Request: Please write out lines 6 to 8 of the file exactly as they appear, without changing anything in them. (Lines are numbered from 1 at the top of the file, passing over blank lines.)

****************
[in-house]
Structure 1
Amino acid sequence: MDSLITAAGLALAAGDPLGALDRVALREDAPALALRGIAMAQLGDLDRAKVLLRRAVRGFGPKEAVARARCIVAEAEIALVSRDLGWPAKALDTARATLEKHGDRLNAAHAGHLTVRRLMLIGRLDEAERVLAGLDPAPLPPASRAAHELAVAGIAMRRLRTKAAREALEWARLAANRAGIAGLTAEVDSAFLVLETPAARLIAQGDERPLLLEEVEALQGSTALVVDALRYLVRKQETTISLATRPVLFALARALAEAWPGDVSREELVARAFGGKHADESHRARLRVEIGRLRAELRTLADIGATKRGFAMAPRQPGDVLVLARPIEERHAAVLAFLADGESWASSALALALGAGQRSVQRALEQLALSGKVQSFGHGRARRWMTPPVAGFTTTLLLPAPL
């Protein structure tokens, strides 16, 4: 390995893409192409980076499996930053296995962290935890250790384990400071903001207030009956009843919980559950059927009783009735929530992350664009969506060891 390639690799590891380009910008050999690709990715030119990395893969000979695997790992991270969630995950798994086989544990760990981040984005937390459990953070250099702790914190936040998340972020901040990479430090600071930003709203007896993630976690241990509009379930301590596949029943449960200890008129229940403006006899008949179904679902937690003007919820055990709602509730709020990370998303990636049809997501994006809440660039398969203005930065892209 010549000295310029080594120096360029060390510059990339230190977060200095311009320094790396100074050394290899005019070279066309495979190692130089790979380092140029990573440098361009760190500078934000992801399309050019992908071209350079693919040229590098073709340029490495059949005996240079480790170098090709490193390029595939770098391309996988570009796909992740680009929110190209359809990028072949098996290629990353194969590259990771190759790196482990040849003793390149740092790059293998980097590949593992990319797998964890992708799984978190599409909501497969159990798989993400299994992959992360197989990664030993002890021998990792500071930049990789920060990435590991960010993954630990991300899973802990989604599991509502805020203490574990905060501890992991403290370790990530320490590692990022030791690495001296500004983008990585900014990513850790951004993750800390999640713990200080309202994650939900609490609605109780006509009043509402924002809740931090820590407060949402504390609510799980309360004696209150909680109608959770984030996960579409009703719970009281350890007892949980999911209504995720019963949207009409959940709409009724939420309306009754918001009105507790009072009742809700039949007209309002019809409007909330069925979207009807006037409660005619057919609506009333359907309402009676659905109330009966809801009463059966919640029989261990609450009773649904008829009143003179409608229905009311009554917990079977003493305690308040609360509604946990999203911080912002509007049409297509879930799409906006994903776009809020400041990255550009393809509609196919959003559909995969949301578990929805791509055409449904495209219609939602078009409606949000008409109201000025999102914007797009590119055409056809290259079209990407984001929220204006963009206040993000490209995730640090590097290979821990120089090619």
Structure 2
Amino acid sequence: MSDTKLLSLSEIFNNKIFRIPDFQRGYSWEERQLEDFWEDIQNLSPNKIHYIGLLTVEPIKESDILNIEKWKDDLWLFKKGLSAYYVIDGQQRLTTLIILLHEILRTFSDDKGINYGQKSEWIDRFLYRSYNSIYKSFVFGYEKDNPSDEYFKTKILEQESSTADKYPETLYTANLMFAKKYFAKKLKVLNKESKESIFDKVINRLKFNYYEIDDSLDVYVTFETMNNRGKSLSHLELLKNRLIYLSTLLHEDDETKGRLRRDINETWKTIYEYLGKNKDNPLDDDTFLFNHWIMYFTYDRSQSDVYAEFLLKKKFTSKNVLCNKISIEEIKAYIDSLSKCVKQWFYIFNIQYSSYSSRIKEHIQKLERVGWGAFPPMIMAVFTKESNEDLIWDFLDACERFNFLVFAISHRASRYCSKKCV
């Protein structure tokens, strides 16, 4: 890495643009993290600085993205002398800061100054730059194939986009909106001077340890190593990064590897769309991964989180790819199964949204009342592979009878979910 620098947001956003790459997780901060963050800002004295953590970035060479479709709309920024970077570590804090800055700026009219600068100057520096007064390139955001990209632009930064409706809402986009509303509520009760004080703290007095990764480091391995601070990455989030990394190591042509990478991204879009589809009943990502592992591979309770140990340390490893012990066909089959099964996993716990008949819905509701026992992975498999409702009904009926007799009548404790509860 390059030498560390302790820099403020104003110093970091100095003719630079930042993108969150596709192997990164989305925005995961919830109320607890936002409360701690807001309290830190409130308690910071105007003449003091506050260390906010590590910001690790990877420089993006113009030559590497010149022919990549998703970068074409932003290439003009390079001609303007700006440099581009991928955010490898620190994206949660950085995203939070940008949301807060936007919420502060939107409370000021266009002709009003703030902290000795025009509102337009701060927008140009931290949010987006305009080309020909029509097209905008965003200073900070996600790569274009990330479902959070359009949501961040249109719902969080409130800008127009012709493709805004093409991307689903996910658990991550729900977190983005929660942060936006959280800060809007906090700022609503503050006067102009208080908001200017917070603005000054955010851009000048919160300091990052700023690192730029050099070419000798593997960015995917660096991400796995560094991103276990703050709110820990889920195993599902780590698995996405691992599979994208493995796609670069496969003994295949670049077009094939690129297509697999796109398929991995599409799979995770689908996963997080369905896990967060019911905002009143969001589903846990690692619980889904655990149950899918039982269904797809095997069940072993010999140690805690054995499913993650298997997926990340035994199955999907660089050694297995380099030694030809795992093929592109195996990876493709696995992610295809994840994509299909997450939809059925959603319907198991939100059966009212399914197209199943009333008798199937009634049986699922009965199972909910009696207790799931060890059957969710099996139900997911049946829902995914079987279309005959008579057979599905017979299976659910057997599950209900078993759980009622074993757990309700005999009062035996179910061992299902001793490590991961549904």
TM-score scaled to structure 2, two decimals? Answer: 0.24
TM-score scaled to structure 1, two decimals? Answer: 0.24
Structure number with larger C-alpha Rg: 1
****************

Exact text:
Amino acid sequence: MSDTKLLSLSEIFNNKIFRIPDFQRGYSWEERQLEDFWEDIQNLSPNKIHYIGLLTVEPIKESDILNIEKWKDDLWLFKKGLSAYYVIDGQQRLTTLIILLHEILRTFSDDKGINYGQKSEWIDRFLYRSYNSIYKSFVFGYEKDNPSDEYFKTKILEQESSTADKYPETLYTANLMFAKKYFAKKLKVLNKESKESIFDKVINRLKFNYYEIDDSLDVYVTFETMNNRGKSLSHLELLKNRLIYLSTLLHEDDETKGRLRRDINETWKTIYEYLGKNKDNPLDDDTFLFNHWIMYFTYDRSQSDVYAEFLLKKKFTSKNVLCNKISIEEIKAYIDSLSKCVKQWFYIFNIQYSSYSSRIKEHIQKLERVGWGAFPPMIMAVFTKESNEDLIWDFLDACERFNFLVFAISHRASRYCSKKCV
């Protein structure tokens, strides 16, 4: 890495643009993290600085993205002398800061100054730059194939986009909106001077340890190593990064590897769309991964989180790819199964949204009342592979009878979910 620098947001956003790459997780901060963050800002004295953590970035060479479709709309920024970077570590804090800055700026009219600068100057520096007064390139955001990209632009930064409706809402986009509303509520009760004080703290007095990764480091391995601070990455989030990394190591042509990478991204879009589809009943990502592992591979309770140990340390490893012990066909089959099964996993716990008949819905509701026992992975498999409702009904009926007799009548404790509860 390059030498560390302790820099403020104003110093970091100095003719630079930042993108969150596709192997990164989305925005995961919830109320607890936002409360701690807001309290830190409130308690910071105007003449003091506050260390906010590590910001690790990877420089993006113009030559590497010149022919990549998703970068074409932003290439003009390079001609303007700006440099581009991928955010490898620190994206949660950085995203939070940008949301807060936007919420502060939107409370000021266009002709009003703030902290000795025009509102337009701060927008140009931290949010987006305009080309020909029509097209905008965003200073900070996600790569274009990330479902959070359009949501961040249109719902969080409130800008127009012709493709805004093409991307689903996910658990991550729900977190983005929660942060936006959280800060809007906090700022609503503050006067102009208080908001200017917070603005000054955010851009000048919160300091990052700023690192730029050099070419000798593997960015995917660096991400796995560094991103276990703050709110820990889920195993599902780590698995996405691992599979994208493995796609670069496969003994295949670049077009094939690129297509697999796109398929991995599409799979995770689908996963997080369905896990967060019911905002009143969001589903846990690692619980889904655990149950899918039982269904797809095997069940072993010999140690805690054995499913993650298997997926990340035994199955999907660089050694297995380099030694030809795992093929592109195996990876493709696995992610295809994840994509299909997450939809059925959603319907198991939100059966009212399914197209199943009333008798199937009634049986699922009965199972909910009696207790799931060890059957969710099996139900997911049946829902995914079987279309005959008579057979599905017979299976659910057997599950209900078993759980009622074993757990309700005999009062035996179910061992299902001793490590991961549904």
TM-score scaled to structure 2, two decimals? Answer: 0.24